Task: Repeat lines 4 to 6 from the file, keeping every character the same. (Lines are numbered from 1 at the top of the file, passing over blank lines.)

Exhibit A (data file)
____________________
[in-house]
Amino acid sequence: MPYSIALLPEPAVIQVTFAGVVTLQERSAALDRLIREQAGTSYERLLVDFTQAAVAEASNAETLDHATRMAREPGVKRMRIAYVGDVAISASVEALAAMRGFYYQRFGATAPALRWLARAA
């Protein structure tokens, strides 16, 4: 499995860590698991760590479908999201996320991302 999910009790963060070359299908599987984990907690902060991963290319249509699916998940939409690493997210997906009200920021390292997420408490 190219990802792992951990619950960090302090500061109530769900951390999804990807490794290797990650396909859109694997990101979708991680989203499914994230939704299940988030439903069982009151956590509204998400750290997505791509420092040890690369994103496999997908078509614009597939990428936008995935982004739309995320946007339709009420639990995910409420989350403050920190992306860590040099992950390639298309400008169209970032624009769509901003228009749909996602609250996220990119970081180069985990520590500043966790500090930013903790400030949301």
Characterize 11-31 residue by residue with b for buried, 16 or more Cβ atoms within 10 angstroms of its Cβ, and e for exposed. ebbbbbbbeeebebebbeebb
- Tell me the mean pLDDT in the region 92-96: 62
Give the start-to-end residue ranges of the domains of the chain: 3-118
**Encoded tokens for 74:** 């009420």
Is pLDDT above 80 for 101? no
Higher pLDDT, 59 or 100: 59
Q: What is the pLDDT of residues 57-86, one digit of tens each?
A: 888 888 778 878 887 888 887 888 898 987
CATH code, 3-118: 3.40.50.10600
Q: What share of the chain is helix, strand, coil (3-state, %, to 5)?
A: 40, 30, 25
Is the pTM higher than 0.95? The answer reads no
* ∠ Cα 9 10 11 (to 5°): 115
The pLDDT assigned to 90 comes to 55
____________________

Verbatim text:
Characterize 11-31 residue by residue with b for buried, 16 or more Cβ atoms within 10 angstroms of its Cβ, and e for exposed. ebbbbbbbeeebebebbeebb
- Tell me the mean pLDDT in the region 92-96: 62
Give the start-to-end residue ranges of the domains of the chain: 3-118